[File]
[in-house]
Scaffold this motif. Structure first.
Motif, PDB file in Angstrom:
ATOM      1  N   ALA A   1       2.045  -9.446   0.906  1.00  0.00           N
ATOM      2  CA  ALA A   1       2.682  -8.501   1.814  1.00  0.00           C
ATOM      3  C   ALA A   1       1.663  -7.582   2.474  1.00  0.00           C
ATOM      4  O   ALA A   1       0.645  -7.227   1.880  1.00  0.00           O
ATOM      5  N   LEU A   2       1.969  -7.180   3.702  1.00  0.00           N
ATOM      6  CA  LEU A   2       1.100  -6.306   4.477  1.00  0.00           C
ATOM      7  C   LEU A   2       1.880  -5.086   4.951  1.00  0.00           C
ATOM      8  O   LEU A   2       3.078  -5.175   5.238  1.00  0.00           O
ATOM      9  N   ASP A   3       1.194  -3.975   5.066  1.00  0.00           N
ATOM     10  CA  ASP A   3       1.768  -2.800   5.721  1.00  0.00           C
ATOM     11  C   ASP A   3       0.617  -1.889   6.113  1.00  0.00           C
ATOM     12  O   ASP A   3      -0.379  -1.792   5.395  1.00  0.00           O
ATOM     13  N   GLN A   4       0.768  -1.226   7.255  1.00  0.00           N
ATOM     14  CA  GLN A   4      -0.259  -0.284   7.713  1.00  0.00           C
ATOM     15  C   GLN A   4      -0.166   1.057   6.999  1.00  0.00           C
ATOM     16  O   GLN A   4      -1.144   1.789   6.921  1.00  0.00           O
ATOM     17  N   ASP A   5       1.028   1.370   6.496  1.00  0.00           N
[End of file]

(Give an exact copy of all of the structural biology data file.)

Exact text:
[in-house]
Scaffold this motif. Structure first.
Motif, PDB file in Angstrom:
ATOM      1  N   ALA A   1       2.045  -9.446   0.906  1.00  0.00           N
ATOM      2  CA  ALA A   1       2.682  -8.501   1.814  1.00  0.00           C
ATOM      3  C   ALA A   1       1.663  -7.582   2.474  1.00  0.00           C
ATOM      4  O   ALA A   1       0.645  -7.227   1.880  1.00  0.00           O
ATOM      5  N   LEU A   2       1.969  -7.180   3.702  1.00  0.00           N
ATOM      6  CA  LEU A   2       1.100  -6.306   4.477  1.00  0.00           C
ATOM      7  C   LEU A   2       1.880  -5.086   4.951  1.00  0.00           C
ATOM      8  O   LEU A   2       3.078  -5.175   5.238  1.00  0.00           O
ATOM      9  N   ASP A   3       1.194  -3.975   5.066  1.00  0.00           N
ATOM     10  CA  ASP A   3       1.768  -2.800   5.721  1.00  0.00           C
ATOM     11  C   ASP A   3       0.617  -1.889   6.113  1.00  0.00           C
ATOM     12  O   ASP A   3      -0.379  -1.792   5.395  1.00  0.00           O
ATOM     13  N   GLN A   4       0.768  -1.226   7.255  1.00  0.00           N
ATOM     14  CA  GLN A   4      -0.259  -0.284   7.713  1.00  0.00           C
ATOM     15  C   GLN A   4      -0.166   1.057   6.999  1.00  0.00           C
ATOM     16  O   GLN A   4      -1.144   1.789   6.921  1.00  0.00           O
ATOM     17  N   ASP A   5       1.028   1.370   6.496  1.00  0.00           N